Tubba Time

Summer time means lots of sunscreen, sweat, sand, bug spray, and chlorine.  So summertime also means lots of baths.

A few years ago

My kids are at that age where we are somewhere between dependence and independence in the bath tub.  I no longer have to watch them every minute, but I also don’t quite trust them completely on their own to wash everywhere and everything.  I want to make sure that when I do turn the bathing reigns completely over; they have been taught well.

So here are a few tricks I use to get the kids proficient at washing themselves:


My favorite game to use in the bathtub is Simon Says.   I give every kid a wash cloth with some soap on it.  Then we start playing.  Here is a sample of how the game may go:

Simon says, “Wash your armpits.”

Simon says, “Wash your toes”

“Wash your face!”

You get the idea.  We repeat the game until all body parts are washed.

Simon Says allows them to learn where to wash and they get to wash themselves, but I can monitor to make sure they are washing thoroughly.  This observation gives me a chance to teach or reteach if I see that they aren’t washing adequately.

I also use Simon Says to teach correct names for body parts.

For example, I might say Simon says, “Wash your vagina.”  (Don’t cringe.  It is not a bad word; that is what it is called.)   When parents use correct names for body parts early, appropriately, and causally, The Birds and the Bees talks go much smoother in later years.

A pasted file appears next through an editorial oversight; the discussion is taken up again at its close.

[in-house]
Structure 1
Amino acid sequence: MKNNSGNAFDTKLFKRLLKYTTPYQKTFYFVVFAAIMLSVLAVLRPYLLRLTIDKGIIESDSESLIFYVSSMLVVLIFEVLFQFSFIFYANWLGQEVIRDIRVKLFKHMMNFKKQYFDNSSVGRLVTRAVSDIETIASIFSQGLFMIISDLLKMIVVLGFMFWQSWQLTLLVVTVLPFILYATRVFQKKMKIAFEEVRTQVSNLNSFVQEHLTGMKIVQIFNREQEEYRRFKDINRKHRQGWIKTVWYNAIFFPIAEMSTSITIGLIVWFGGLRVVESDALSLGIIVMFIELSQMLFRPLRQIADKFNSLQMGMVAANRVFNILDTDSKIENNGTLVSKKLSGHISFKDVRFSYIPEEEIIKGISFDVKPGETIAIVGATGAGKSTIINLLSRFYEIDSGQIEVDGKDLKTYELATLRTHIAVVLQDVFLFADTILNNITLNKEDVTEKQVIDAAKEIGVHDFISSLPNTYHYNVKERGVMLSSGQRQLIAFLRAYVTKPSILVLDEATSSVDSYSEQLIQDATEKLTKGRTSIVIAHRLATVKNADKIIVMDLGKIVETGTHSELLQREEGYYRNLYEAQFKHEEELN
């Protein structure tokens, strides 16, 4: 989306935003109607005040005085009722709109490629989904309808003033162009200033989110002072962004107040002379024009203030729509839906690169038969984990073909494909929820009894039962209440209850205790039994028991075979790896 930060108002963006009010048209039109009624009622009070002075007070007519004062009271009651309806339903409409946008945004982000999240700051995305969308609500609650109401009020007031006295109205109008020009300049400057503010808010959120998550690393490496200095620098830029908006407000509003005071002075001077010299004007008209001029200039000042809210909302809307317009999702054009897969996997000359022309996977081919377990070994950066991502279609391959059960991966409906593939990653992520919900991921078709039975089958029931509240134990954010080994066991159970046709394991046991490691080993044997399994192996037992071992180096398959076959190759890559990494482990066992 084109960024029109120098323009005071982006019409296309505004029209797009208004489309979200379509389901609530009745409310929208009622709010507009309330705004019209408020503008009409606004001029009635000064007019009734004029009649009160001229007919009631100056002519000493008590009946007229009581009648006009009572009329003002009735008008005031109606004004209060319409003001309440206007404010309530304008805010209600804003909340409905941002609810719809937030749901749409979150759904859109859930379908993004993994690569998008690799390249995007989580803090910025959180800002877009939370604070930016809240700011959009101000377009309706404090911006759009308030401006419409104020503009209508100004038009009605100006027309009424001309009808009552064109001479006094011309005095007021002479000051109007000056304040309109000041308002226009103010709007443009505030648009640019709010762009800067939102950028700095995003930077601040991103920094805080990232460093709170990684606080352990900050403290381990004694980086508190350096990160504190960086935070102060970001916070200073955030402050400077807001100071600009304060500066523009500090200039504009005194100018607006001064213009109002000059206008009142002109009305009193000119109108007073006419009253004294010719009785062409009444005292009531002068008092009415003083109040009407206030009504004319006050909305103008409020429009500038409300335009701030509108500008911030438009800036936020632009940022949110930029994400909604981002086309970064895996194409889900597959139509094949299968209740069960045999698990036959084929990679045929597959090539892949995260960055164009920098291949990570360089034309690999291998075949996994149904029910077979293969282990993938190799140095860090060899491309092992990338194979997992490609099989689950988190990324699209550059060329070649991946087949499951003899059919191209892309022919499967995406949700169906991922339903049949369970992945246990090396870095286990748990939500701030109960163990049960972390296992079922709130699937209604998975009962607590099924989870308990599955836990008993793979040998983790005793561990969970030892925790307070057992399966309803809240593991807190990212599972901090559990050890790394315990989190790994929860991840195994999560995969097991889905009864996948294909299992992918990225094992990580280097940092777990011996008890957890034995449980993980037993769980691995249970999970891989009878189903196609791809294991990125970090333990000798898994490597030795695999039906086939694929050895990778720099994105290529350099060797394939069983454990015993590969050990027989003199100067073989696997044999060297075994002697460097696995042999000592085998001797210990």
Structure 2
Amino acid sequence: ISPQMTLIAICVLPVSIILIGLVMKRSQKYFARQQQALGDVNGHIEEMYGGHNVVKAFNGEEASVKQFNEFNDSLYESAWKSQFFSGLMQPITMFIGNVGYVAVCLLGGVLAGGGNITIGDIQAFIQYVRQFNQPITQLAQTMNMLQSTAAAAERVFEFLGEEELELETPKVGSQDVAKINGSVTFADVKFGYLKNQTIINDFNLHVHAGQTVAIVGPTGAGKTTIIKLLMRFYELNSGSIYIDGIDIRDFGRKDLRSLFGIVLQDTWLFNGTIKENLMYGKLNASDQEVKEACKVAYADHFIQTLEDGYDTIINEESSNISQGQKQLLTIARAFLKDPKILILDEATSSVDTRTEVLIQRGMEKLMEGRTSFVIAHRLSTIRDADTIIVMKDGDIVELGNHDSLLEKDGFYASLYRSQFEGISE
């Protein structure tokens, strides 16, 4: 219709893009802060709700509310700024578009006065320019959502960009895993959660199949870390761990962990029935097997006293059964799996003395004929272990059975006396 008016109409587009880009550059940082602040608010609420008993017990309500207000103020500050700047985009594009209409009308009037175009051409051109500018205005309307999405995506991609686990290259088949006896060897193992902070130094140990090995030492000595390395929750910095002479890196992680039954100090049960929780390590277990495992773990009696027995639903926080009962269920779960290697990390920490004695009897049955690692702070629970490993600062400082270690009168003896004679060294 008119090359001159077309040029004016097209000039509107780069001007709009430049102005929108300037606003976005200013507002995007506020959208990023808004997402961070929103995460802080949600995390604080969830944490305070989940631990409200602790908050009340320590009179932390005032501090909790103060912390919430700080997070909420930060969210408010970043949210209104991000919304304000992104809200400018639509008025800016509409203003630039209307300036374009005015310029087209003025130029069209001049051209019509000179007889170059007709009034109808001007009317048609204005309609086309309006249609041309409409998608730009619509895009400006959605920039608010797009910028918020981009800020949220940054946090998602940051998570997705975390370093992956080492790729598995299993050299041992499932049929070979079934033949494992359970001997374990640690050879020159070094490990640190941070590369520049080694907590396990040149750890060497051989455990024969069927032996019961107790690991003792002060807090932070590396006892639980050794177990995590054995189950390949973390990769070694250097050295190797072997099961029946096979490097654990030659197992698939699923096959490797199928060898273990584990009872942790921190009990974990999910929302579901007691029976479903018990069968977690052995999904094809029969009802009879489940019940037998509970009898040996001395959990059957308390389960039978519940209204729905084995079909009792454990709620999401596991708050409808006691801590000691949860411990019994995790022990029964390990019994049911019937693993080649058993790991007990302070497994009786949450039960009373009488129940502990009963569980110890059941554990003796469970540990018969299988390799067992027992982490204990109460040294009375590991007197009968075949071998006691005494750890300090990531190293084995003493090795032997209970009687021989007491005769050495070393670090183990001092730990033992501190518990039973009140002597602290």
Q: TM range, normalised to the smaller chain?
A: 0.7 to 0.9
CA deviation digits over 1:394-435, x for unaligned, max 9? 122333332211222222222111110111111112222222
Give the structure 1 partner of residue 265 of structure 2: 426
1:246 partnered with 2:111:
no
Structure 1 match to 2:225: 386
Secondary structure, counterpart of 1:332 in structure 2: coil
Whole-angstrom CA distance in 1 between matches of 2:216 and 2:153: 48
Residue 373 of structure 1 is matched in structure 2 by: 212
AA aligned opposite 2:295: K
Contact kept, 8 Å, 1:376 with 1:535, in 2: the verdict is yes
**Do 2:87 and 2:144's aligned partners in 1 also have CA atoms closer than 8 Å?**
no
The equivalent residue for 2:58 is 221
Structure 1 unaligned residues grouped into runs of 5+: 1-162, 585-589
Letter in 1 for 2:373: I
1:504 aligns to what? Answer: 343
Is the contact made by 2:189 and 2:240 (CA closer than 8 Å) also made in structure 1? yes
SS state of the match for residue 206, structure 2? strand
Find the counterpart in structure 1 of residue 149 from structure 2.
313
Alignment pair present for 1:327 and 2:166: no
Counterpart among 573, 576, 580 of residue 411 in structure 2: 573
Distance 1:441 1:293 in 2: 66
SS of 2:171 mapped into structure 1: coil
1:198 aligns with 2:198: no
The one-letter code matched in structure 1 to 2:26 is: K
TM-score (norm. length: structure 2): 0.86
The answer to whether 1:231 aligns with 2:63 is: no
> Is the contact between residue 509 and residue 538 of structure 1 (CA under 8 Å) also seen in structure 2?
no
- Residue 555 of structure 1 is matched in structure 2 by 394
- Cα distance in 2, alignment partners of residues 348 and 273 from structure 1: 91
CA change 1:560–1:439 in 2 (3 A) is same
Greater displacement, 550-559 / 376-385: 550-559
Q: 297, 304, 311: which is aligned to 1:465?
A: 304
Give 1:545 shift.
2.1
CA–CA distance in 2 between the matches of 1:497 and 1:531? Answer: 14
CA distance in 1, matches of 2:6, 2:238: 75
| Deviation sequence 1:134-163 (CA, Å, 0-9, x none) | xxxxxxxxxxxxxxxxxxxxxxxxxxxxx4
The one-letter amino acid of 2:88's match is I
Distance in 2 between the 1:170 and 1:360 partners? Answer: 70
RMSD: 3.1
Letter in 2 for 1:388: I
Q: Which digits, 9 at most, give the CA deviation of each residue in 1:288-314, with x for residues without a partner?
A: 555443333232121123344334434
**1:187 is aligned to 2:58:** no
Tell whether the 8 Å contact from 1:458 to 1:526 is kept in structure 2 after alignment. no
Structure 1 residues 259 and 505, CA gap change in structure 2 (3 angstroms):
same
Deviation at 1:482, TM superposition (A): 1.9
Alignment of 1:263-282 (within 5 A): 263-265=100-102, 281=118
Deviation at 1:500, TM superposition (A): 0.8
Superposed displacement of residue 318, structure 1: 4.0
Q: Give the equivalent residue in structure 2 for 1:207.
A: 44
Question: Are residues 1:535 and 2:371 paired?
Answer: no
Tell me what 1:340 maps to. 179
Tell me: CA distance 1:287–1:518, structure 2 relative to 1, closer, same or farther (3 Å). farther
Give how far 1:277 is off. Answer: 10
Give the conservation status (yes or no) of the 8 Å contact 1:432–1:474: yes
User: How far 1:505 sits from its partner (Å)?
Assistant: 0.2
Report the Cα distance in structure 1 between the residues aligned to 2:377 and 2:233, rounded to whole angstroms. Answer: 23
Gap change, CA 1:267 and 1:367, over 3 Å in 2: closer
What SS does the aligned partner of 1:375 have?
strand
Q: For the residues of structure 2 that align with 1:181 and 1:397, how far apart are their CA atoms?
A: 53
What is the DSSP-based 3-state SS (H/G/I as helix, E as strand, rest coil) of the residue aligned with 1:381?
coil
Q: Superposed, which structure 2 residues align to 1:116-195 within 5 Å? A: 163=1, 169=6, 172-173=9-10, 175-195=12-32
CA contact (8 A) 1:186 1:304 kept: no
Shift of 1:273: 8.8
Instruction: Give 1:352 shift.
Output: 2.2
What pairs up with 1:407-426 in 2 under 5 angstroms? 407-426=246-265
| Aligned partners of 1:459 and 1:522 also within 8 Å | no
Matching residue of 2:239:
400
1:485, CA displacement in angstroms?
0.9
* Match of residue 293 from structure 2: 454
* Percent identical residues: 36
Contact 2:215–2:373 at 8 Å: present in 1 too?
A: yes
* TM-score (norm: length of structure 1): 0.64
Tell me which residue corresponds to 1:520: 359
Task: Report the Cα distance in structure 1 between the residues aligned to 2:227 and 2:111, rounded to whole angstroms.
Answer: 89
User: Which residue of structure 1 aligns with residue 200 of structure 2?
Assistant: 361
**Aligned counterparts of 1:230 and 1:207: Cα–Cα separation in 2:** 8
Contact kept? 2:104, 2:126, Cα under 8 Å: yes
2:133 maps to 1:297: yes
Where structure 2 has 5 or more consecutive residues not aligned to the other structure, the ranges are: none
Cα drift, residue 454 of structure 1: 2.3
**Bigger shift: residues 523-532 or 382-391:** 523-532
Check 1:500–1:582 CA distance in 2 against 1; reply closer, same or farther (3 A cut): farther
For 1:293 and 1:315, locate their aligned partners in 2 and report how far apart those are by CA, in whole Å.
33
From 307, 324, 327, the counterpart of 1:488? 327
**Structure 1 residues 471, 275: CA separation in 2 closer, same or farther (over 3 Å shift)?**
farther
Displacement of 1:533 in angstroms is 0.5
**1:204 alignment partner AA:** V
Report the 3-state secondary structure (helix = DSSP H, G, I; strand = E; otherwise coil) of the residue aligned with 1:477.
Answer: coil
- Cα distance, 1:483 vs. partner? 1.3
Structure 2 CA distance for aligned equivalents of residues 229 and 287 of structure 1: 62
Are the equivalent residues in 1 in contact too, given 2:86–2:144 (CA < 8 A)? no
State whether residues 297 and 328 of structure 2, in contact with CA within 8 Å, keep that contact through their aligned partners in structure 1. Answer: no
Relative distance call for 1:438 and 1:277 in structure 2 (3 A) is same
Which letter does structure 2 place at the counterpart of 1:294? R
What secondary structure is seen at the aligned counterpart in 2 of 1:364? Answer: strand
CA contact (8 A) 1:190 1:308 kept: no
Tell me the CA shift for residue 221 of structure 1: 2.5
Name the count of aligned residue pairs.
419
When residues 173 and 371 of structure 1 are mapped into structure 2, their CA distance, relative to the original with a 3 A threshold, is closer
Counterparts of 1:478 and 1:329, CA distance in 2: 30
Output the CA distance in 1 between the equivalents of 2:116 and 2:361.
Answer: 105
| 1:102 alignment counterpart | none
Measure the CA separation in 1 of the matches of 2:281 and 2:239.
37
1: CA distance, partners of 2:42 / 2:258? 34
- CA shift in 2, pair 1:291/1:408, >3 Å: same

I made the mistake of doing a “smell check” on one of my 5th graders hands one day before lunch.  I sent all the kids into the bathroom to wash, but some came out way too fast.  They assured me they washed so I declared a  “Smell Check!”.   I learned quickly never to do that again.

While I don’t smell 5th grade boys hands anymore, I do smell my older kids hair after they get out of the shower.  I think this holds them a little accountable. Just because it’s wet, doesn’t mean it’s clean.


Lastly I use songs when I bathe the kids.  My aunt used to always sing “Tubba Time” when she would bath us, and I sing that to my kids as well.  But if you want songs that will help teach washing and independence you could try:

“Head, Shoulders,Knees, and Toes” –  They wash the different body parts as you sing it.

“This Little Piggy Went to Market”-  This rhyme is great to use on those black summer feet.

“Wheels on the Bus”- You can change the words and sing anything you like to the tune of “Wheels on the Bus”.

For example, one verse might go like this:

The boy in the tub did wash his back, wash his back, wash his back

The boy in the tub did wash his back all through the town

Some days I just throw the kids in the shower with Chad or I just rinse them off fast, but when I have time I like to add some games and music to tubba time.

Do you have any bath tub games or rituals you’d like to share?




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